It appears that Roark never encountered any serious threats to his charade until he applied for privileges at Ingham Regional Medical Center. He never got as far as practicing there, and risk manager Michelle Hoppes, RN, AHRMQR, says no one at the facility had even heard of him when he submitted his application. There was no immediate cause for concern, she says. Roark was just one more doctor applying for privileges, so they put his application through the same verification process that all others go through.
Then a few phone calls started setting off the alarm bells and set into motion the process that ultimately would send Roark to prison.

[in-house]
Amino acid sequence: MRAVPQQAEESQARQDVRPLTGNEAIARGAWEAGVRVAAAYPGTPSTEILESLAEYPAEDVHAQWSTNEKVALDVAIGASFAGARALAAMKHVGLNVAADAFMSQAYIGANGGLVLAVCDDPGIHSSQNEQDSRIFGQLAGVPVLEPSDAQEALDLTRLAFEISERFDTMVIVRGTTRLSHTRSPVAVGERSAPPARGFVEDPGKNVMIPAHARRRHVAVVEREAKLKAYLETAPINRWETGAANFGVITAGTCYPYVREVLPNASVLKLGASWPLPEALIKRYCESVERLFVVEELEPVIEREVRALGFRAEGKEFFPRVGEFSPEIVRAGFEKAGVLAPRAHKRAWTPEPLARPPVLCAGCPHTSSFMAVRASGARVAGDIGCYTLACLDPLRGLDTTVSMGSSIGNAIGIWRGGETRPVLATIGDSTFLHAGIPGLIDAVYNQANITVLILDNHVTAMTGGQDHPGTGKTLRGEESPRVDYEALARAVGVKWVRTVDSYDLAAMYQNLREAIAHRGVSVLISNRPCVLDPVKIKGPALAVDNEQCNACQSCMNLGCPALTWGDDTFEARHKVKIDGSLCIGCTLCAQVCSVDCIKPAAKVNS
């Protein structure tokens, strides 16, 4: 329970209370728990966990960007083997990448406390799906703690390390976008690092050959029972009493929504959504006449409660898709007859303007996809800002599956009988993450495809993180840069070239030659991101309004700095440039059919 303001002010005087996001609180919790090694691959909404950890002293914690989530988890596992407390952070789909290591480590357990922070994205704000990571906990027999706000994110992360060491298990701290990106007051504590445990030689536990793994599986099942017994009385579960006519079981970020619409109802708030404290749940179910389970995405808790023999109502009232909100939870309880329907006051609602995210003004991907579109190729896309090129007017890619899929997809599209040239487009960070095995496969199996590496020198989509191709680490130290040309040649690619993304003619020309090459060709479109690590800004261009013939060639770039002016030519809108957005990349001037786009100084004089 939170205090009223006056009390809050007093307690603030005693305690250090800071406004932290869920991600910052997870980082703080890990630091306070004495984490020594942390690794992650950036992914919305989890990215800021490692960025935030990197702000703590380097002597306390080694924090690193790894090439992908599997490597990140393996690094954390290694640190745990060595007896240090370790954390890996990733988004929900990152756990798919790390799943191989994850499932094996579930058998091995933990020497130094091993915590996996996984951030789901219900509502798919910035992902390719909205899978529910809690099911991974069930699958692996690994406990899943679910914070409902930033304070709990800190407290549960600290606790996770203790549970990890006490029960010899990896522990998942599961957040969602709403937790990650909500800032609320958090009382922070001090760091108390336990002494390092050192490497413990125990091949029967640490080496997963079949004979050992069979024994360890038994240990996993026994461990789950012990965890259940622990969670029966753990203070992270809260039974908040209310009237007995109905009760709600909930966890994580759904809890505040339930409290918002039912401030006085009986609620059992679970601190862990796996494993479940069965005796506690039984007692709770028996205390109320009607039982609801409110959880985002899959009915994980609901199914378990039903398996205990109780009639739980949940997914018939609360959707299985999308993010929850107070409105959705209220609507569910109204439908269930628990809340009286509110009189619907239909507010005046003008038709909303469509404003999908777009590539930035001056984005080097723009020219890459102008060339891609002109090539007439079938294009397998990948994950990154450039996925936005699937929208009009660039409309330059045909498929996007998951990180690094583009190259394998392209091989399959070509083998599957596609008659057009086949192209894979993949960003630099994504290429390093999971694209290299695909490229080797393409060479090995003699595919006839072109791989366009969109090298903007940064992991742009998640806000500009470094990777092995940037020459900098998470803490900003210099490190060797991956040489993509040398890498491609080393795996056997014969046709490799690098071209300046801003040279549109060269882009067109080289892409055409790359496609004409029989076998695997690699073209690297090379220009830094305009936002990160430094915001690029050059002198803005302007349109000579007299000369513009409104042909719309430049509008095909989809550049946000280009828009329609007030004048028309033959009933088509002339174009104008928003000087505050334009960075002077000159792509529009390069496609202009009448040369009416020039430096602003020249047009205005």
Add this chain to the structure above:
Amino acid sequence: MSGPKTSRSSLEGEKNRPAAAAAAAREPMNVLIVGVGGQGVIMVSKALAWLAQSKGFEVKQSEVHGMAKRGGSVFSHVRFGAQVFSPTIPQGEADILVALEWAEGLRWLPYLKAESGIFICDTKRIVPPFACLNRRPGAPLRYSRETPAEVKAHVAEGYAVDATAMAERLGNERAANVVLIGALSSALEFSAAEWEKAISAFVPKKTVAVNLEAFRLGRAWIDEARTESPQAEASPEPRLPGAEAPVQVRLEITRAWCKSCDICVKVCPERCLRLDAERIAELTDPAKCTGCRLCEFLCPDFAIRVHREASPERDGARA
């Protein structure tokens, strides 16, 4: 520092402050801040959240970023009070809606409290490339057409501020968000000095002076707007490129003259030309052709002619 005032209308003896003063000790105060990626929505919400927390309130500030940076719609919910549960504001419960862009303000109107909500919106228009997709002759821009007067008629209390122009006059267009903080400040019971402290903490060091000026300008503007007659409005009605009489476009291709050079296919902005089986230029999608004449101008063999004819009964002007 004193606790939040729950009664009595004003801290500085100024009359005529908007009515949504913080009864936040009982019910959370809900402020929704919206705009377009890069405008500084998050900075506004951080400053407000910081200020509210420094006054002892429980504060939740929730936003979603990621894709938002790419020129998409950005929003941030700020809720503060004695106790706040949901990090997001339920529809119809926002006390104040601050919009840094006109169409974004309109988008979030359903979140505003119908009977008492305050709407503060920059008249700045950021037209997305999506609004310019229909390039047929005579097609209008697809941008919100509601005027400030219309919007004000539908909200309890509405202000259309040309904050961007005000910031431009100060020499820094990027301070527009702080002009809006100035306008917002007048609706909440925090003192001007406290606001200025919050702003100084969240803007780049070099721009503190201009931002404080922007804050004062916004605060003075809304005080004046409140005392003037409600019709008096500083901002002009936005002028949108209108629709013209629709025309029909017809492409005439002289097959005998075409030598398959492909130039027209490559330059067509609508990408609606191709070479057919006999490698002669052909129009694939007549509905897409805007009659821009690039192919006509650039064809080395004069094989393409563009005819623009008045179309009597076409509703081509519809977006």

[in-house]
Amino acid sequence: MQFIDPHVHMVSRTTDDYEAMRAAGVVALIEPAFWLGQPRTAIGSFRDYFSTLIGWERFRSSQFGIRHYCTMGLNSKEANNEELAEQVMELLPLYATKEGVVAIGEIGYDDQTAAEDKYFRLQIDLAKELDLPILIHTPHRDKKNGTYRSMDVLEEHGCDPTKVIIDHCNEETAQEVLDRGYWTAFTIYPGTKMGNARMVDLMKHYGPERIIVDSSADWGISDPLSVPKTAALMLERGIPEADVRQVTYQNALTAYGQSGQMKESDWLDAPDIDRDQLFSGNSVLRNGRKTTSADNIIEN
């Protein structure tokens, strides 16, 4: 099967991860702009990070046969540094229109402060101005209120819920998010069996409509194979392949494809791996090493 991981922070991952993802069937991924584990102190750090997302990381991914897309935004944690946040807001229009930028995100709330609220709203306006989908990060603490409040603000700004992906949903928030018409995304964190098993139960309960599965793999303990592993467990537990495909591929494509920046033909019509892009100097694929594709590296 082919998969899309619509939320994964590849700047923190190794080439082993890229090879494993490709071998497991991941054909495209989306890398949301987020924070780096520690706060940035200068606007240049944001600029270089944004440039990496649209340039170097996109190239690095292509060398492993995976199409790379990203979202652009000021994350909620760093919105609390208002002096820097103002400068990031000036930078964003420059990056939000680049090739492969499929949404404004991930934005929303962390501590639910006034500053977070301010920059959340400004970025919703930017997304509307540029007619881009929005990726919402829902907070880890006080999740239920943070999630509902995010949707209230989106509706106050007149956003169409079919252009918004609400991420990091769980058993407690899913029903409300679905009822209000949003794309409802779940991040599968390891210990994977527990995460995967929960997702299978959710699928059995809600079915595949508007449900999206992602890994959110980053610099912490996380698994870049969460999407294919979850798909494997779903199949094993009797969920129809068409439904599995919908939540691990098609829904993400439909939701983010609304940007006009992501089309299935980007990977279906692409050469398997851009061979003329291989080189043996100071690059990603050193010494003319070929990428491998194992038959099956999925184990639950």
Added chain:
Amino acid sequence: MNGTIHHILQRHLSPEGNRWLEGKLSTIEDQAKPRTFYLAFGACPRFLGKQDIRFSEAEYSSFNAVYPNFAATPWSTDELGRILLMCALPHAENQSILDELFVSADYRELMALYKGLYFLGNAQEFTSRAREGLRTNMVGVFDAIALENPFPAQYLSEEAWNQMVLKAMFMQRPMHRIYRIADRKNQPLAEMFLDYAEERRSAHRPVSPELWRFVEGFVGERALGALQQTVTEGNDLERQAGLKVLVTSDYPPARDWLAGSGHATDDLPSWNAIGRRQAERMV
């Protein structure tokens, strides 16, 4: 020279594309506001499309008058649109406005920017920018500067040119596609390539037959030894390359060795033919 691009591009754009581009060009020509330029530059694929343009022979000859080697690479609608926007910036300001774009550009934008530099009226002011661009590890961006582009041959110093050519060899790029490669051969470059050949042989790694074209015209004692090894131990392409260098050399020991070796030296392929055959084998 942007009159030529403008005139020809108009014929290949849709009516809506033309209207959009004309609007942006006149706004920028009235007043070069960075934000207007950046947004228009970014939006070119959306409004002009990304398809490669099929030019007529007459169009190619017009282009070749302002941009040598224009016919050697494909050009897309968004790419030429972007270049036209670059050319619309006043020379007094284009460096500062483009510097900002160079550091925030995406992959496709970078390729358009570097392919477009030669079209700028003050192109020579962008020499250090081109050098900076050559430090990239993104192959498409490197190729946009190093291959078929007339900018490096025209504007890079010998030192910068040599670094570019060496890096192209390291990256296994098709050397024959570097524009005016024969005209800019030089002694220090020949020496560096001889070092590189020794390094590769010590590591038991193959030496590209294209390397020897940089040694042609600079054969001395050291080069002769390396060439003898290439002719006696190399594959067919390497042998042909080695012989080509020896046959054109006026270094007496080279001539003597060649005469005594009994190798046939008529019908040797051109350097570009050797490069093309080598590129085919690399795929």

"From a risk management standpoint, this was a very proud day," Hoppes says. "It really shows that risk management is not just the risk manager’s job. I’m so proud of our staff and that we were able to stop an individual who could have posed a significant liability risk for our organization and threatened our patients."
Linda Nash, MD, medical director at the hospital, was in charge of overseeing the credentialing of physicians, and it was her investigation that blew Roark’s cover. How did she do it? "I can tell you in two words: Primary verification," she says. "You can’t take anyone else’s word that the credentials are valid. You have to go right to the source and verify it yourself."